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More than 50 million Americans have accumulated an estimated $4.4 trillion in retirement assets using 401(k) plans, according to figures from the Investment Company Institute. 401(k) plans have gotten so popular because they offer huge tax benefits to their participants that are hard to duplicate anywhere else. Let's take a closer look at the tax implications of 401(k) plan accounts for 2016.
Contribution limits 401(k) plans include some of the most generous retirement contribution limits you'll find, easily dwarfing what you can set aside in a conventional IRA. For both 2015 and 2016, the maximum amount employees can set aside in their 401(k) accounts is $18,000 for those under age 50. Those who are 50 or older get an additional $6,000 catch-up contribution, allowing them to save as much as $24,000 in their 401(k)s.
If you participate in a traditional 401(k), then you can exclude your contributions up to the maximum amount from your taxable income, lowering your tax bill for the year. By contrast, those who choose a Roth 401(k) option get no upfront reduction in their current-year tax bill, but they enjoy tax-free treatment both during their careers and when they take distributions in retirement.
How 401(k) plans can affect your IRA contributionThe tax laws give people who are not covered by a 401(k) or similar plan at work the unlimited right to use IRAs for retirement savings. However, those who are covered by 401(k)s typically have limitations on the rights to get the full benefits of IRAs.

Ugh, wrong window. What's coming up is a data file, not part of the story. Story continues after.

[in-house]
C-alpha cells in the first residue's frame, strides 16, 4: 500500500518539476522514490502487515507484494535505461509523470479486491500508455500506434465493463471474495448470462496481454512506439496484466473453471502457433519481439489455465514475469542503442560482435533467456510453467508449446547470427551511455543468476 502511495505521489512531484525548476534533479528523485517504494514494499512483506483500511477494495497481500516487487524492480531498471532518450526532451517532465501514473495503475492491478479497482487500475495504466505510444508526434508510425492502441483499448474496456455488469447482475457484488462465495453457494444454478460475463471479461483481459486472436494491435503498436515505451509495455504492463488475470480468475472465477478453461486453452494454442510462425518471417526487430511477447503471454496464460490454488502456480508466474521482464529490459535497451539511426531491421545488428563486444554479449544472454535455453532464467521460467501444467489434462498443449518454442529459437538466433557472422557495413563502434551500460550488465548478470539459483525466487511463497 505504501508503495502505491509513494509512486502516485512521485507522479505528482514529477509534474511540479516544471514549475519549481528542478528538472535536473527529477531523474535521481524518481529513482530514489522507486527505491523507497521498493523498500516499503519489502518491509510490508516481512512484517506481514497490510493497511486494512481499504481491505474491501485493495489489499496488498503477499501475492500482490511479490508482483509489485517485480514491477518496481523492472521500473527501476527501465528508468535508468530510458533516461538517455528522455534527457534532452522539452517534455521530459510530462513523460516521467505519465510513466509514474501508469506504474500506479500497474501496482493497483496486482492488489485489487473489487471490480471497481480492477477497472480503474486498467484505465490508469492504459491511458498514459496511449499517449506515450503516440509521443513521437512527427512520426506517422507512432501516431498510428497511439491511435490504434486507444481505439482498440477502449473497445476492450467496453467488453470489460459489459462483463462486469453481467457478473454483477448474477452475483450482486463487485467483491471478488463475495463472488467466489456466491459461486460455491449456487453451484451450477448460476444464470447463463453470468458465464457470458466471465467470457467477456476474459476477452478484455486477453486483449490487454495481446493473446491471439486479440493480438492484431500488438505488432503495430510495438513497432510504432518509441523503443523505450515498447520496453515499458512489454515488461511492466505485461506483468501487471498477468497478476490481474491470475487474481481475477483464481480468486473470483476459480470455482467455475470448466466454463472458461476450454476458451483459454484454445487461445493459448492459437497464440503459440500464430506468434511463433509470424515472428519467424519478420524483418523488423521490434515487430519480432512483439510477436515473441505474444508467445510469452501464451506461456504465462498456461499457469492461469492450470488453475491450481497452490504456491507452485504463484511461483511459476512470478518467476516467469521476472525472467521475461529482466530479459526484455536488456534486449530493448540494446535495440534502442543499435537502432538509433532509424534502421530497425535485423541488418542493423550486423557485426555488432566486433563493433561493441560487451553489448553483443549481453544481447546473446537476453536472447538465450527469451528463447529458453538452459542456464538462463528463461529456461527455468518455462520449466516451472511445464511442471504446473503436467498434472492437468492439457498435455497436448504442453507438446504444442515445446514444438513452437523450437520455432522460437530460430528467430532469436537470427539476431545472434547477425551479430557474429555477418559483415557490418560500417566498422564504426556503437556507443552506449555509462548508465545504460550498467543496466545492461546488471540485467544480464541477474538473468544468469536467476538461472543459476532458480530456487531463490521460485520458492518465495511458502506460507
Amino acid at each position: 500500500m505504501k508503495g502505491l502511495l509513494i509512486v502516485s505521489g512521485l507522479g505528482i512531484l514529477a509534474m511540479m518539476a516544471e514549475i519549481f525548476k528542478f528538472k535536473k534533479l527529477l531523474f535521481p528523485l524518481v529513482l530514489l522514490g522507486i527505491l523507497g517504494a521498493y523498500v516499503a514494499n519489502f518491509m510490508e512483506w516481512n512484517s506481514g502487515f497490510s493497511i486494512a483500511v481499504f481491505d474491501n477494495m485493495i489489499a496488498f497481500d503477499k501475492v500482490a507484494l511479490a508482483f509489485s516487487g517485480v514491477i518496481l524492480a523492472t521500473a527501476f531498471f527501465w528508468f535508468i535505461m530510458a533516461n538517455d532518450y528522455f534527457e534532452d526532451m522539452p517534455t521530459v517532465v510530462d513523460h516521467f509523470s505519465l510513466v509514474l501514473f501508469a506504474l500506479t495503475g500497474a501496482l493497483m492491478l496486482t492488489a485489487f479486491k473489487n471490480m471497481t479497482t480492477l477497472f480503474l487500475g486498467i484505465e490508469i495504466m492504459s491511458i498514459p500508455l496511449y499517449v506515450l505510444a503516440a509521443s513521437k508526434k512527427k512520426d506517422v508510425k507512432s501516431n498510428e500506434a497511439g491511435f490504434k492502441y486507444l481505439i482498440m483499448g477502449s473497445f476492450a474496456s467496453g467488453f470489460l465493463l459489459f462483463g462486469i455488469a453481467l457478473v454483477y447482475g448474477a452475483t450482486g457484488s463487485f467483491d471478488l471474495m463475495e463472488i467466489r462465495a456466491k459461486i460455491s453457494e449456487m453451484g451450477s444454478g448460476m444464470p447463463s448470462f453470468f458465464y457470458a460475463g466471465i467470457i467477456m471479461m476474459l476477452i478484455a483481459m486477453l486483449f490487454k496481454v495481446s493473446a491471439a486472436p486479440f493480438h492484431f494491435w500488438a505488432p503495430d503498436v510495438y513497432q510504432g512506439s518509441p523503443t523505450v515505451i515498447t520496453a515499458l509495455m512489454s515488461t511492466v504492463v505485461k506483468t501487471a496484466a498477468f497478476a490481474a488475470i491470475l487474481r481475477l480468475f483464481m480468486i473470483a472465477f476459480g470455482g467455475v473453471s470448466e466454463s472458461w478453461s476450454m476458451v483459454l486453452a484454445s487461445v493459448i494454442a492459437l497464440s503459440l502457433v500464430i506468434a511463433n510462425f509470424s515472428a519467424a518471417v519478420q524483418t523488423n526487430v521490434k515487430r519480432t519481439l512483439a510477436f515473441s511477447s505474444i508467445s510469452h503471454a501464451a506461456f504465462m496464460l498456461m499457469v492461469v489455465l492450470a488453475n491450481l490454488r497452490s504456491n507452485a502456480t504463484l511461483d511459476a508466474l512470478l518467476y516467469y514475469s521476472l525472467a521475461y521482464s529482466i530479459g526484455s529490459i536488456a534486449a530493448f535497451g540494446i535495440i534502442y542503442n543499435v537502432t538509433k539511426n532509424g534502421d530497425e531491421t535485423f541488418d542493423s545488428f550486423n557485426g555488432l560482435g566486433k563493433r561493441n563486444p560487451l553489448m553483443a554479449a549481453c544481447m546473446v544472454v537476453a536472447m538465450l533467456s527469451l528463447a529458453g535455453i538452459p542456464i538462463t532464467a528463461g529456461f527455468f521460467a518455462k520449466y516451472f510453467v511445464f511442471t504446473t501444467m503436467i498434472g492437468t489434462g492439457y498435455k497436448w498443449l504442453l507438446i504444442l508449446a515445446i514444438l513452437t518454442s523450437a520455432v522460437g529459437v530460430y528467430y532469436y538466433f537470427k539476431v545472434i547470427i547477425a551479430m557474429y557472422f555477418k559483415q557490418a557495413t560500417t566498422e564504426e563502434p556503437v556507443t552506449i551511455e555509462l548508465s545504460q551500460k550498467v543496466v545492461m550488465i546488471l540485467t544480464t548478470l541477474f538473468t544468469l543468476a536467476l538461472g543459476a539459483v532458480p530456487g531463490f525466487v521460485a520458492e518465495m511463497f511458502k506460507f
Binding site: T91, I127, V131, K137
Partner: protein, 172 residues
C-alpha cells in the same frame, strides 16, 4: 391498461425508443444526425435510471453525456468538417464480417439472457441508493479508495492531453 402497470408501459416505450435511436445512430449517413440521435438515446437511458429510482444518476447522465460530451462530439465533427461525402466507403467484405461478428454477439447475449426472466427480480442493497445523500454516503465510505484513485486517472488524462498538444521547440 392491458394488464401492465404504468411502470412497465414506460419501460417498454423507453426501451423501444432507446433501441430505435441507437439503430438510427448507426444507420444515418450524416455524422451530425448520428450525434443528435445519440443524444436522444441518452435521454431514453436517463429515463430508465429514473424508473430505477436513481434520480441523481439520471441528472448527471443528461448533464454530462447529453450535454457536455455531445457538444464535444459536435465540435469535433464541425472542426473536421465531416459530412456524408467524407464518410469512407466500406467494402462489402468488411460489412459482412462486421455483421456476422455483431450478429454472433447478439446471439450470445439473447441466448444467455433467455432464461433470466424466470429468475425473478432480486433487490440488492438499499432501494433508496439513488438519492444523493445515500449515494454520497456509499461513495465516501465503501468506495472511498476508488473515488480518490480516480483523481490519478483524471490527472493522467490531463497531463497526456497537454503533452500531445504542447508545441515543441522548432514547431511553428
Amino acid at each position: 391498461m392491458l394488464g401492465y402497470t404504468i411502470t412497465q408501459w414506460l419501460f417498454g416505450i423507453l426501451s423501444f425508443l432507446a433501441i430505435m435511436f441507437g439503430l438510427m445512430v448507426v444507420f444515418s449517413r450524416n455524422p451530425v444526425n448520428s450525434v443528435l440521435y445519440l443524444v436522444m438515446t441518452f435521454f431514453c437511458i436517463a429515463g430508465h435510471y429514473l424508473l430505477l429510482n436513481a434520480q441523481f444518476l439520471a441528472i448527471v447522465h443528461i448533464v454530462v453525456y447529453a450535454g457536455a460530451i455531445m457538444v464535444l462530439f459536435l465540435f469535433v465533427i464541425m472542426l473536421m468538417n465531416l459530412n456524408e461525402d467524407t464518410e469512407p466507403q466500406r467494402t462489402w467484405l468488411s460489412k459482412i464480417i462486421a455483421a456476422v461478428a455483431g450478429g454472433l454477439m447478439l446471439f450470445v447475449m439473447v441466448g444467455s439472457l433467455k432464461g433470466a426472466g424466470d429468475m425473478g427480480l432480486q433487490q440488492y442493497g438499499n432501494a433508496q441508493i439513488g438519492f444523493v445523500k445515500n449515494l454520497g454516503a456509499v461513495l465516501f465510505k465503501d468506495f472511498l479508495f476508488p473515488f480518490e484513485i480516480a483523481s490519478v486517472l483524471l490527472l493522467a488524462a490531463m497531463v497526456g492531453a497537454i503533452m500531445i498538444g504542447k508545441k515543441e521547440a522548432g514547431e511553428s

For traditional IRAs, having access to a 401(k) can affect your ability to deduct contributions. As the table shows below, IRA deductions start to phase out at one level of adjusted gross income and completely disappear at a higher level of income.
Even if you're not covered by a 401(k), you can have your traditional IRA deductions limited if your spouse has a 401(k) plan. As you'll see below, the income limits are higher, and they only apply in situations involving married taxpayers.
Avoiding penalties on 401(k)s Money in a 401(k) is intended for retirement, and so those who take distributions out early are usually subject to an early withdrawal penalty. However, there are several exceptions in which money taken out of a 401(k) isn't subject to the early withdrawal penalty rule:
- Distributions to cover medical expenses to the extent that those expenses exceed 10% of your adjusted gross income, or 7.5% for those 65 or older and their spouses.
- Distributions due to total and permanent disability.
- Distributions as part of a series of substantially equal periodic payments over your life expectancy after you stop working for your employer.
- Qualified reservist distributions usually made for those called to active duty for at least 180 days.
- Distributions made due to an IRS levy of the 401(k) plan.
Even with these exceptions, however, it's important to realize that distributions will be subject to tax to the extent that they come from traditional 401(k) money. That includes not only the money that you put into the 401(k) but also any matching contributions or profit-sharing contributions that your employer deposited in your account on your behalf.
401(k) plans are a useful vehicle for saving for retirement, but it's important to keep the rules that govern 401(k)s in mind. That way, you can take maximum advantage of the tax benefits of 401(k)s while avoiding the pitfalls that cost many taxpayers a lot of money with their retirement plan accounts.
The article What You Need to Know About 401(k) Taxes in 2016 originally appeared on Fool.com.
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